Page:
Furthermore, many arts, aye and the most liberal of them all, have their special doctrine, and not mere precepts of advice – the medical profession, for example. There are the different schools of Hippocrates, of Asclepiades, of Themison. 10. And besides, no art that concerns itself with theories can exist without its own doctrines; the Greeks call them dogmas, while we Romans may use the term "doctrines," or "tenets," or "adopted principles," – such as you will find in geometry or astronomy. But philosophy is both theoretic and practical; it contemplates and at the same time acts. You are indeed mistaken if you think that philosophy offers you nothing but worldly assistance; her aspirations are loftier than that. She cries: "I investigate the whole universe, nor am I content, keeping myself within a mortal dwelling, to give you favourable or unfavourable advice. Great matters invite and such as are set far above you. In the words of Lucretius:
11. To thee shall I reveal the ways of heaven
And the gods, spreading before thine eyes
The atoms, – whence all things are brought to birth,
Increased, and fostered by creative power,
And eke their end when Nature casts them off.
Philosophy, therefore, being theoretic, must have her doctrines. 12. And why? Because no man can duly perform right actions except one who has been entrusted with reason, which will enable him, in all cases, to fulfil all the categories of duty. These categories he cannot observe unless he receives precepts for every occasion, and not for the present alone. Precepts by themselves are weak and, so to speak, rootless if they be assigned to the parts and not to the whole. It is the doctrines which will strengthen and support us in peace and calm, which will include simultaneously the whole of life and the universe in its completeness. There is the same difference between philosophical doctrines and precepts as there is between elements and members; the latter depend upon the former, while the former are the source both of the latter and of all things.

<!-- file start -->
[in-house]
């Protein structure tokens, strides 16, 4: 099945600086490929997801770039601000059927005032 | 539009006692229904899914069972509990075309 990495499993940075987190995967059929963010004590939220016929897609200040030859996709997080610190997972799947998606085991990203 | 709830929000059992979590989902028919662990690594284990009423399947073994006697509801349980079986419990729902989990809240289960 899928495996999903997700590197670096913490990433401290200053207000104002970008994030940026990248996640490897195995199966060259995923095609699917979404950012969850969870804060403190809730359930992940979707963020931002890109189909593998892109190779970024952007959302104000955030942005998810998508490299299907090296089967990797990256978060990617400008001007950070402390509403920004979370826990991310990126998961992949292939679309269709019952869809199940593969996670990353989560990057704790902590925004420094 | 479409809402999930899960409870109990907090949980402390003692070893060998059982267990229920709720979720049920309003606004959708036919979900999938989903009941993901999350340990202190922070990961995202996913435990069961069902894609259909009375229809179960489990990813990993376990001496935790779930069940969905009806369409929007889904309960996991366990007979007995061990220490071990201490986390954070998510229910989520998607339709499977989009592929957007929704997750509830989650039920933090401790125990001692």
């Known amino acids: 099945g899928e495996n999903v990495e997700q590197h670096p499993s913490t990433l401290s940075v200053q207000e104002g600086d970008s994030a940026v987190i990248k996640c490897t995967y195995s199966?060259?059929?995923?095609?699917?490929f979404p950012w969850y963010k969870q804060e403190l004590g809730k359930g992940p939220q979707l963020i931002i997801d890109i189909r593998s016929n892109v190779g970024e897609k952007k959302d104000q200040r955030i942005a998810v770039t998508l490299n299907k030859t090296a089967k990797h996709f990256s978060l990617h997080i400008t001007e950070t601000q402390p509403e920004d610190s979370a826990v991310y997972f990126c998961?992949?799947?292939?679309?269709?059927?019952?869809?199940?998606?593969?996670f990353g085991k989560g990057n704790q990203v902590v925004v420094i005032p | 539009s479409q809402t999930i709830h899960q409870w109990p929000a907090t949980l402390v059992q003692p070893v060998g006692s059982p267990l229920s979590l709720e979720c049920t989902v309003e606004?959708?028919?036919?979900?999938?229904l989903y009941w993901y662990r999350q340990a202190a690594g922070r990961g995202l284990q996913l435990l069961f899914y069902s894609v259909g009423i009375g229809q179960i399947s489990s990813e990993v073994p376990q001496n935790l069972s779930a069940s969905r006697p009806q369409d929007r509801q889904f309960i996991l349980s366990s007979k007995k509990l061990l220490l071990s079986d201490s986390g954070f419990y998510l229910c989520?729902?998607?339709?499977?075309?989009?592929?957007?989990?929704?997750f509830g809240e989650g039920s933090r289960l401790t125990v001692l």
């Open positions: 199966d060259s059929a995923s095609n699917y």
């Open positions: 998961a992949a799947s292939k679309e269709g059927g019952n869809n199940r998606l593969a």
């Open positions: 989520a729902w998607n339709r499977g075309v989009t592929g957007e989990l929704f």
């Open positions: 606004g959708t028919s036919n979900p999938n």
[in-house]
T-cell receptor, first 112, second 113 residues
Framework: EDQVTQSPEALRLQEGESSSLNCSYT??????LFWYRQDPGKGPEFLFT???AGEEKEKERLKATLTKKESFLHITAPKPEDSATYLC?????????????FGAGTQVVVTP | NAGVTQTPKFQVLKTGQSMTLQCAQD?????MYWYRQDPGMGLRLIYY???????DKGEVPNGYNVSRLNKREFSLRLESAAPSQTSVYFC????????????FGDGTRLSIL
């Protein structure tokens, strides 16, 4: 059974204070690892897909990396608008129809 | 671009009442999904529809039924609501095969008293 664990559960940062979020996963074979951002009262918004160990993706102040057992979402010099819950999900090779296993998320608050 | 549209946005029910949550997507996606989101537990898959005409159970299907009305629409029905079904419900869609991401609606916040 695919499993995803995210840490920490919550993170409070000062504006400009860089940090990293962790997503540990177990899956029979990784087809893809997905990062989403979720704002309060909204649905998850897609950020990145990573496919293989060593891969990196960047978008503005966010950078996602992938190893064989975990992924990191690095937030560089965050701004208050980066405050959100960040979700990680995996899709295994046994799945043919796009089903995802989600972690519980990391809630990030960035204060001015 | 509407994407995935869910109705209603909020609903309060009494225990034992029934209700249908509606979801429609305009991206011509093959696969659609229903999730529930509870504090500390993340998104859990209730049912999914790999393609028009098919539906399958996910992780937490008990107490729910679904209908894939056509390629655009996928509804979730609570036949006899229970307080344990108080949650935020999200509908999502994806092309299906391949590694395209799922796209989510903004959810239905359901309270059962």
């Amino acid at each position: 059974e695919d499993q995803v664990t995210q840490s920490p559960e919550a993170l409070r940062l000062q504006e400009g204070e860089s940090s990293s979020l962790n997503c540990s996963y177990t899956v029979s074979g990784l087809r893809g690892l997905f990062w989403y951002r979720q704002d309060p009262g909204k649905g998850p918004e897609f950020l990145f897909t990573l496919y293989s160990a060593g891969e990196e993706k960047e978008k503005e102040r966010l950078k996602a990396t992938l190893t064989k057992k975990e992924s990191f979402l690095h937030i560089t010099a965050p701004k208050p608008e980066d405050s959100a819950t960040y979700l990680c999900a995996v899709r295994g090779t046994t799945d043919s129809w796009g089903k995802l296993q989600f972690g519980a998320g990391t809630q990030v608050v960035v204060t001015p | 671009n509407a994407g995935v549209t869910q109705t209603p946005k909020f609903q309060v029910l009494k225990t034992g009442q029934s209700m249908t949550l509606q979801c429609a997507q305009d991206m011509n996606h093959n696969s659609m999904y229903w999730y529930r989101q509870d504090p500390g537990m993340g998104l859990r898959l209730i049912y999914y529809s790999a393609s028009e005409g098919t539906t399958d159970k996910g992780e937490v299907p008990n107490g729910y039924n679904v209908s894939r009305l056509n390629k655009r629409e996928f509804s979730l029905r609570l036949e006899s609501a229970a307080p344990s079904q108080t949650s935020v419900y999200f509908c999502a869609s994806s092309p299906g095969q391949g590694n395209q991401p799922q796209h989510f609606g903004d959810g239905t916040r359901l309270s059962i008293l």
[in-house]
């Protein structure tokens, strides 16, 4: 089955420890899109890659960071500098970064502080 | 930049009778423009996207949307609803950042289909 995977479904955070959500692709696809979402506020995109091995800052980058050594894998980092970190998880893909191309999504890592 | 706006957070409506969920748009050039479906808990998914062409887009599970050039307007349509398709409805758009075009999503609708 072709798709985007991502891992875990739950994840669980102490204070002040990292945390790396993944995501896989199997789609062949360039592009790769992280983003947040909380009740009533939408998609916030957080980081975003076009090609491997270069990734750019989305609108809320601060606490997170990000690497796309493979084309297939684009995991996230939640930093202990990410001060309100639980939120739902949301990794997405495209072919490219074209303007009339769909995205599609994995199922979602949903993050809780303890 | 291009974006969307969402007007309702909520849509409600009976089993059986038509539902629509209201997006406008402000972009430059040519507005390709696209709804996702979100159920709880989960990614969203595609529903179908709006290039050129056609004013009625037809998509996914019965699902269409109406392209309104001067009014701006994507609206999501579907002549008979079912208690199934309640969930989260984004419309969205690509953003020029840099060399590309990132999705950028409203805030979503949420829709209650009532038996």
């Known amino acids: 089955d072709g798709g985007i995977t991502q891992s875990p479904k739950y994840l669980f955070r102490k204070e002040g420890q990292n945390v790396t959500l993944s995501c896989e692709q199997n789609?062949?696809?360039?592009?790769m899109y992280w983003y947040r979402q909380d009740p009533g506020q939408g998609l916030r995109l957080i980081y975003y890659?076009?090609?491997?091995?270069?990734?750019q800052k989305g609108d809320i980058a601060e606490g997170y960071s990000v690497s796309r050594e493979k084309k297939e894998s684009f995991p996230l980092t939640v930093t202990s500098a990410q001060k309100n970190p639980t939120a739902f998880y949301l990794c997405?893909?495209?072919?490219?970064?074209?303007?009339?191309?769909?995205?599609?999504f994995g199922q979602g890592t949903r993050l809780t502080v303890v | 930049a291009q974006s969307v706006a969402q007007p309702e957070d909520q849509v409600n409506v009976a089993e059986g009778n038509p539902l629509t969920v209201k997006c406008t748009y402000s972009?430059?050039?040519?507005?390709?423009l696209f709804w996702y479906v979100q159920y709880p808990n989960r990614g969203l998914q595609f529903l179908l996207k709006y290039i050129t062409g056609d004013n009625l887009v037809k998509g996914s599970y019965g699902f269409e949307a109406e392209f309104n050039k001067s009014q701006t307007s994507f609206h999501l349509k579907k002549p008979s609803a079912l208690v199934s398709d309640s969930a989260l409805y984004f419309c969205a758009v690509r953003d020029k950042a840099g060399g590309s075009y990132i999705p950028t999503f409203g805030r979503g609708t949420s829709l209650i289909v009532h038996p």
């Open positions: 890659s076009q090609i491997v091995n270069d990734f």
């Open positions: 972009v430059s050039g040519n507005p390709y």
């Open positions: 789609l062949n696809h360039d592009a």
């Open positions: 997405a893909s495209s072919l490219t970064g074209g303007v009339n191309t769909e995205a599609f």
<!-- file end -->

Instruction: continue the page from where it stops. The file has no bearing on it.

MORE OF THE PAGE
13. People say: "The old-style wisdom advised only what one should do and avoid; and yet the men of former days were better men by far. When savants have appeared, sages have become rare. For that frank, simple virtue has changed into hidden and crafty knowledge; we are taught how to debate, not how to live." 14. Of course, as you say, the old-fashioned wisdom, especially in its beginnings, was crude; but so were the other arts, in which dexterity developed with progress. Nor indeed in those days was there yet any need for carefully-planned cures. Wickedness had not yet reached such a high point, or scattered itself so broadcast. Plain vices could be treated by plain cures; now, however, we need defences erected with all the greater care, because of the stronger powers by which we are attacked. 15. Medicine once consisted of the knowledge of a few simples, to stop the flow of blood, or to heal wounds; then by degrees it reached its present stage of complicated variety. No wonder that in early days medicine had less to do! Men's bodies were still sound and strong; their food was light and not spoiled by art and luxury, whereas when they began to seek dishes not for the sake of removing, but of rousing, the appetite, and devised countless sauces to whet their gluttony, – then what before was nourishment to a hungry man became a burden to the full stomach. 16. Thence come paleness, and a trembling of wine-sodden muscles, and a repulsive thinness, due rather to indigestion than to hunger. Thence weak tottering steps, and a reeling gait just like that of drunkenness. Thence dropsy, spreading under the entire skin, and the belly growing to a paunch through an ill habit of taking more than it can hold. Thence yellow jaundice, discoloured countenances, and bodies that rot inwardly, and fingers that grow knotty when the joints stiffen, and muscles that are numbed and without power of feeling, and palpitation of the heart with its ceaseless pounding. 17. Why need I mention dizziness? Or speak of pain in the eye and in the ear, itching and aching in the fevered brain, and internal ulcers throughout the digestive system? Besides these, there are countless kinds of fever, some acute in their malignity, others creeping upon us with subtle damage, and still others which approach us with chills and severe ague. 18. Why should I mention the other innumerable diseases, the tortures that result from high living?